The story has some interesting ideas to share about changing history, but at the end, it's all resolved fairly quickly. Peter is obviously in the show for his looks as his acting is not much better than his first appearance, but the main leads are pretty strong, and even though Stephen fluffs every other line, you can let it go as it seems to fit in with the show.

The final story of Season 2 is 'The Doomsday Men' and ... oh dear ... in a move which will become increasingly prevalent, the writer, Roger Price, seems to want to put his kid actors in kilts now ... and there's a cringe-worthy scene where they talk about the fact that nothing should be worn under the kilt!  It's all a little sado-masachistic with poor Stephen being kilted and then bound and left outside in the cold ... not sure what any of this has to do with the plot mind you ...

The story as a whole is lightweight - there's a space station orbiting Earth with lots of nukes on it ... and a group called The Doomsday Men want to gain control of it to hold Earth to ransom. Quite why getting Stephen into a Scottish school helps is uncertain ... and the whole thing shudders to a weak ending.


We kick off with yet another Tomorrow Person 'breaking out' - this is Tyso, and he is as annoying as I remember at the time. He speaks in a fast falsetto and is another of the 'pretty boy' kids they liked to cast in this show.

What's most interesting for me, is that episode two is the title sequence I recorded the audio for off the telly all those years ago as I liked the title music and was compiling a sort of 'mix tape' of them for my own pleasure. Others on the tape as I recall included The Zoo Gang and the Armchair Thriller episode 'Quiet as a Nun' ...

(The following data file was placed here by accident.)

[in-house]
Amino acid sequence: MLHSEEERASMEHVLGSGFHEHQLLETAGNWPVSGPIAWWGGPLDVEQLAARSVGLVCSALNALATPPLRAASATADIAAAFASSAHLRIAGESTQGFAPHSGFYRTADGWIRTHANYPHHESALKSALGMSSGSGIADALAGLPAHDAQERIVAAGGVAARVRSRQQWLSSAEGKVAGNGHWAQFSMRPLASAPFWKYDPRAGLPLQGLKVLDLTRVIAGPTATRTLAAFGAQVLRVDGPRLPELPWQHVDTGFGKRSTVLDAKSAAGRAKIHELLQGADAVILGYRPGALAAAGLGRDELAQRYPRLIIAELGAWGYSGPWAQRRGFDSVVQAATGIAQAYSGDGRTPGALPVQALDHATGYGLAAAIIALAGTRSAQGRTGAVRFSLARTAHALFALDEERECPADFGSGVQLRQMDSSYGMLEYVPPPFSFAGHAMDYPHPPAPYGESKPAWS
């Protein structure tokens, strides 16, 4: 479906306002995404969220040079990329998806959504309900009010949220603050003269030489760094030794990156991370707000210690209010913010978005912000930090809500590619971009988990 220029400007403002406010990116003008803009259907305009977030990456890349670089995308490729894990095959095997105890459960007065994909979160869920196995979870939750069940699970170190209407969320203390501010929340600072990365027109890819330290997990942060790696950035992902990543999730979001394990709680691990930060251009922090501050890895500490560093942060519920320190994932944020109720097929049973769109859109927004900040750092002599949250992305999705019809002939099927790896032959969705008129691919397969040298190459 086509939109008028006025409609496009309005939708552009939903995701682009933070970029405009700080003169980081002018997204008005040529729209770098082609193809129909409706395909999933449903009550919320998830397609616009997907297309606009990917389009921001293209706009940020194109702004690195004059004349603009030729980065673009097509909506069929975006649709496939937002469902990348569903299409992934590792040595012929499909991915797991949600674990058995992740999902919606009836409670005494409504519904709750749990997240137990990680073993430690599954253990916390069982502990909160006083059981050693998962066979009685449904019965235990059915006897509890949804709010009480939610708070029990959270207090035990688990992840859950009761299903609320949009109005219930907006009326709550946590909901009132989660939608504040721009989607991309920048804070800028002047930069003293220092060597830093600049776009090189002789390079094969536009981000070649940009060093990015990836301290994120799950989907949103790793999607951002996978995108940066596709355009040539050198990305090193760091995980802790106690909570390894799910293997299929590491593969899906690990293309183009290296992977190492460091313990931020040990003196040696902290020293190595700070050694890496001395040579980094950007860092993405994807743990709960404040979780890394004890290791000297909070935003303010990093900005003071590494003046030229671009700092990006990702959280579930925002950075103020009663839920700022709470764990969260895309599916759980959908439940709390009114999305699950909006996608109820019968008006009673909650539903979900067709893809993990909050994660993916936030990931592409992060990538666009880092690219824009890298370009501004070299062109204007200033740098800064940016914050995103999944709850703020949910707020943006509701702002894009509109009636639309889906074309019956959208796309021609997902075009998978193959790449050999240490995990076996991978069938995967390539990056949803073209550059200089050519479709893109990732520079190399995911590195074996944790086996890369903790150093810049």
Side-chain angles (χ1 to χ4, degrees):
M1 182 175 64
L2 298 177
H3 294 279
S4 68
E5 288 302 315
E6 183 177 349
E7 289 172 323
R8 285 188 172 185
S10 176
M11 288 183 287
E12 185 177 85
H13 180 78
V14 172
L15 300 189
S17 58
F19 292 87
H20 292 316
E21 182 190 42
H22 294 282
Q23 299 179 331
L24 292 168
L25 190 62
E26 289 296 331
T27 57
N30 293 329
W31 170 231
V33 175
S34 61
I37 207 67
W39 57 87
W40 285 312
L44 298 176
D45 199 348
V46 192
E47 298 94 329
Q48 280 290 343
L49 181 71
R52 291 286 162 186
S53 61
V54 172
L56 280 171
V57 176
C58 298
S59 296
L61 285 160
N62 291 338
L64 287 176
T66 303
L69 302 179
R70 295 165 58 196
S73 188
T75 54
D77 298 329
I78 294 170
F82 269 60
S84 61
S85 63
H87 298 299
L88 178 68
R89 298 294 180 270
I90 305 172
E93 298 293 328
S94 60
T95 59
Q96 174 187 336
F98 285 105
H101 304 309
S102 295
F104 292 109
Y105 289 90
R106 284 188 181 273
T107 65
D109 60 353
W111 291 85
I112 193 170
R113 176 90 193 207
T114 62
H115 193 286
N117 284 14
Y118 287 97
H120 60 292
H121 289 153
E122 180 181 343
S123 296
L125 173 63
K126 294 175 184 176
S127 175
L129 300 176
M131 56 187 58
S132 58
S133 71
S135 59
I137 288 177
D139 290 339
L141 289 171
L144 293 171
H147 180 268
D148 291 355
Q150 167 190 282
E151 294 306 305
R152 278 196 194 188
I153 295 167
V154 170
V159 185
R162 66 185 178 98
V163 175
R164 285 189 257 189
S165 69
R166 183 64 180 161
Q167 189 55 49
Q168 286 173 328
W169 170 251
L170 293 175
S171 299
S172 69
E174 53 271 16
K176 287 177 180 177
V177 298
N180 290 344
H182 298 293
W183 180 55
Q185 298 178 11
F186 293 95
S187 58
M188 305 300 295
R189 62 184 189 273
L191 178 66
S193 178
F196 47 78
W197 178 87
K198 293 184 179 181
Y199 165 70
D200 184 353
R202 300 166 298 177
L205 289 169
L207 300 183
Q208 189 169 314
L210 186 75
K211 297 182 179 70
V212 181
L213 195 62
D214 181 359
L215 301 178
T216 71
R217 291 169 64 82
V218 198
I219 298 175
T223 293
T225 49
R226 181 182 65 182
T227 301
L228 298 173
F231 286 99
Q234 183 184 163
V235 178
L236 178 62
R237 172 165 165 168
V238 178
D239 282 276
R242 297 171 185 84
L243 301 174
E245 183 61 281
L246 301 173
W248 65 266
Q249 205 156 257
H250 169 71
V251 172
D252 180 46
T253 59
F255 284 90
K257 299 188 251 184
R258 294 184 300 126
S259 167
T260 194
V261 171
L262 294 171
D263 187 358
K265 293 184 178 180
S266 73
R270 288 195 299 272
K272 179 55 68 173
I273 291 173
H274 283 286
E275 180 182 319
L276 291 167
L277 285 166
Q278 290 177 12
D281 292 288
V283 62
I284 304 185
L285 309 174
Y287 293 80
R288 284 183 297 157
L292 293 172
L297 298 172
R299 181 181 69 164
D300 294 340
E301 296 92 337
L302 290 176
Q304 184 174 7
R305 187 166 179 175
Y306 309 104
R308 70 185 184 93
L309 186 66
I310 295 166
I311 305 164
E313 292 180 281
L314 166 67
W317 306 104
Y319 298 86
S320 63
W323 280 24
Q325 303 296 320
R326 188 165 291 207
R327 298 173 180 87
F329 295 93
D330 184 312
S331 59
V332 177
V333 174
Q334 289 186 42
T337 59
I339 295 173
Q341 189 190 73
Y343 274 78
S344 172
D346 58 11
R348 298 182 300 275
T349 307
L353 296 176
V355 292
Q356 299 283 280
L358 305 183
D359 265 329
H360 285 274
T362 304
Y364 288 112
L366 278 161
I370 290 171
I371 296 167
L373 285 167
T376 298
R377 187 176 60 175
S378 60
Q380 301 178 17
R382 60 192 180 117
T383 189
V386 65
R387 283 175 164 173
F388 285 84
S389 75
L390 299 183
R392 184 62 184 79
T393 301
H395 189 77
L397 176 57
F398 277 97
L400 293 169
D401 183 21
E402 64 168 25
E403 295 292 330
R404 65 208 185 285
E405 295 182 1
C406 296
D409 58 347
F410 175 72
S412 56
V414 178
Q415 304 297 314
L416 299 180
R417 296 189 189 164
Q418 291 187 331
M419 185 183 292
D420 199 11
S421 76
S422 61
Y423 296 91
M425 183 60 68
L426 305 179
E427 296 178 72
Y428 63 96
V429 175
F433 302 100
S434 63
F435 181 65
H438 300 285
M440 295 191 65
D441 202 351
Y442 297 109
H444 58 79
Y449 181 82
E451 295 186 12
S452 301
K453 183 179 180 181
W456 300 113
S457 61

The first story is 'Secret Weapon' and introduces a character called Colonel Masters (Trevor Bannister). Now whether this is another nod to 'the Master' on Doctor Who I have no idea ... but Masters has a creepy female sidekick (Ann Curthoys) and a plan to capture the TPs and use them as a weapon. The willingness with with Stephen reveals all their number and secrets to Professor Cawston is amazing, and the whole thing trundles off into military espionage territory - so the same sort of ground as 'The Doomsday Men'.

Next up is 'Worlds Away', and this is where some silliness starts to creep in, although the ideas that the story is playing with are good. The Tomorrow People are visited by Timus, a rep from the Galactic Federation (played by Philip Gilbert, who also voices the computer, TIM). The TPs head to a pyramid on Earth wherein there's some old equipment left by Khultan aeons ago which suppresses their powers. This is disabled, but then they head off to the planet Pyrie which has the same problem - only current. There they meet Tikno - also played by Philip Gilbert - and they have to avoid the 'Veshtakers' - Vesh being what TPs are known as on Pyrie - and destroy the pyramid. It's all good fun, though why there is a pool of water in the dungeon is anyone's guess - just to get the kids all wet I suppose!  This is the first time that the series goes to an alien planet - it's a shame it looks like Earth!  And there's a young Keith Chegwin there as one of the Vesh outlaws.